GOP scrambles for health-care votes
House Republicans struggled this week to secure enough votes to pass their latest attempt to replace the Affordable Care Act, amid a fierce debate over how the new legislation would affect people with pre-existing medical conditions. Under the latest version of the bill, states would be able to opt out of Obamacare’s “community rating” rule, which requires insurers to charge customers the same amount, regardless of pre-existing conditions. The change was designed to appeal to the House Freedom Caucus, a group of hard-line conservative lawmakers who refused to endorse the GOP’s original replacement plan in March. But the amendment initially alienated influential moderate Rep. Fred Upton (R-Mich.), who said he would never vote for a bill that “torpedoes” protections for people with cancer and other illnesses. “They need to be covered,” said Upton. “Period.”
As a compromise, House Republican leaders proposed spending an additional $8 billion to help fund high-risk pools or other mechanisms that would help states lower costs for people with pre-existing conditions. After meeting with President Trump at the White House to discuss the proposal, Upton said he was on board—adding new momentum for a floor vote before a weeklong recess. The votes of many lawmakers remained uncertain, though, and the GOP could afford to lose only 22 lawmakers for the legislation to pass the House. The bill faces an even steeper climb in the Senate, where many moderate Republicans have already expressed strong reservations.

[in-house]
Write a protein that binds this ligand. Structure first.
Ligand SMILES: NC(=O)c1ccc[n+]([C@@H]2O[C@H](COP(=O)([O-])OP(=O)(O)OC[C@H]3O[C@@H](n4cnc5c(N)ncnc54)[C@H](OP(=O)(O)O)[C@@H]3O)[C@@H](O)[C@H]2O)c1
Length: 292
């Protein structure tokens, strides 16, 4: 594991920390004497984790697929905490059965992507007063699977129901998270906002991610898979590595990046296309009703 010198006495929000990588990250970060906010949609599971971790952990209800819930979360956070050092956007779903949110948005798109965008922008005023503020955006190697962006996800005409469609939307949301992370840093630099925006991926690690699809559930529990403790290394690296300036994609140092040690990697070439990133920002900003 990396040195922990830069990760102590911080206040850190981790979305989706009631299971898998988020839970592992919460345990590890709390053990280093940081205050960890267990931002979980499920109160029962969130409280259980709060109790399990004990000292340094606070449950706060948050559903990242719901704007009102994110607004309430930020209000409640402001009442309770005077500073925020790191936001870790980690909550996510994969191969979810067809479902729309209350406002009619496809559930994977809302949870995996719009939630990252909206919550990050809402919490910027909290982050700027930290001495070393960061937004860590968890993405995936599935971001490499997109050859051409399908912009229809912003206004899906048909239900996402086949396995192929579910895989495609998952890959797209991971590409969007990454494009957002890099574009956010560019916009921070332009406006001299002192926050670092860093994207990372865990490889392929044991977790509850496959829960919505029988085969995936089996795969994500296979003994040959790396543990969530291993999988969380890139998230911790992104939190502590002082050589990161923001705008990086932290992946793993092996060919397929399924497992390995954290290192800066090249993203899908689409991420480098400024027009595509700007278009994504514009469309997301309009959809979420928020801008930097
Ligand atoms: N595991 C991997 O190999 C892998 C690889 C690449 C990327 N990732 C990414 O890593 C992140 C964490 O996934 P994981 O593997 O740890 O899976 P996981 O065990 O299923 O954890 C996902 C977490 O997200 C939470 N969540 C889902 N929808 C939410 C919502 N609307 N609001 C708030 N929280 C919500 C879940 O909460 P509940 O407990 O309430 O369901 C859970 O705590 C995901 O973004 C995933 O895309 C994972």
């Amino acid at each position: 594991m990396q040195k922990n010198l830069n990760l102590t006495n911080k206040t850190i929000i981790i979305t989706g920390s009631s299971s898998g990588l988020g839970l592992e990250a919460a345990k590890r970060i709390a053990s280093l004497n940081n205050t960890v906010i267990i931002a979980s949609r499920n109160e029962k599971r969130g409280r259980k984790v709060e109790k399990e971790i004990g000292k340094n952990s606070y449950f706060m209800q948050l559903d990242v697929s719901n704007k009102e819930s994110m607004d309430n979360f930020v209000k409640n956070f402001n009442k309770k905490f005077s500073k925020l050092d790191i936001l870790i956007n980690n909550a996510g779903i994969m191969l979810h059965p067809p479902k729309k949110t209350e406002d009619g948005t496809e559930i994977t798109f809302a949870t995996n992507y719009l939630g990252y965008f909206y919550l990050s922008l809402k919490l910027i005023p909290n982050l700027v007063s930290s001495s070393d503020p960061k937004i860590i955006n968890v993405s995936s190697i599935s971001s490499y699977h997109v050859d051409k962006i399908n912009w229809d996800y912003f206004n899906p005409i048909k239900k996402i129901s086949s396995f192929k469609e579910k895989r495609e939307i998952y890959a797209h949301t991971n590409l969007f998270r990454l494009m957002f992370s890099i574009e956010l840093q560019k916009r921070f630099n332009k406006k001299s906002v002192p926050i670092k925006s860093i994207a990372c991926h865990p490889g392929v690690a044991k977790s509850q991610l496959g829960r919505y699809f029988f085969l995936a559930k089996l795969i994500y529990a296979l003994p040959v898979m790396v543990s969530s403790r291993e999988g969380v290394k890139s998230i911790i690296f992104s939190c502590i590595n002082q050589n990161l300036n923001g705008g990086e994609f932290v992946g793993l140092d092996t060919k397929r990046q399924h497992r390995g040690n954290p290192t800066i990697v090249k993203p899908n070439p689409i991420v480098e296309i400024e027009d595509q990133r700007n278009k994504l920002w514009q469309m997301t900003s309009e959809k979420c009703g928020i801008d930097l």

What the columnists said
The GOP’s attempt to replace Obamacare is beginning to seem like Groundhog Day, said David Leonhardt in The New York Times. Each time Republicans get close to a vote, the process becomes mired in chaos, potential rebellions, and overpromises by Trump. This week, the president almost undercut his own party’s repeal attempt by blithely promising that people with pre-existing conditions would be covered “beautifully.” The opposite is true.
Republicans have no choice but to rethink protections for preexisting conditions, said Chris Pope in NationalReview.com. By preventing insurers from “pricing plans in proportion to individuals’ expected costs of care,” Obamacare has forced healthy people to cover the costs of the chronically ill, sending premiums soaring. Still, high-risk pools aren’t the answer, said Jennifer Rubin in WashingtonPost.com. “States using pools in the past had to restrict coverage, create waiting lists,” and charge high premiums. Offsetting those problems nationwide would cost up to $50 billion each year—“a sum the GOP will never guarantee.”
The reason Republicans have struggled to repeal Obamacare is because many Republicans “do not want to repeal Obamacare,” said Byron York in WashingtonExaminer.com. Millions of Americans have gained coverage through the Medicaid expansion and the community-rating provision. Wherever this chaotic repeal effort takes us, one thing seems increasingly probable: “Large parts of Barack Obama’s legacy legislation will remain standing.”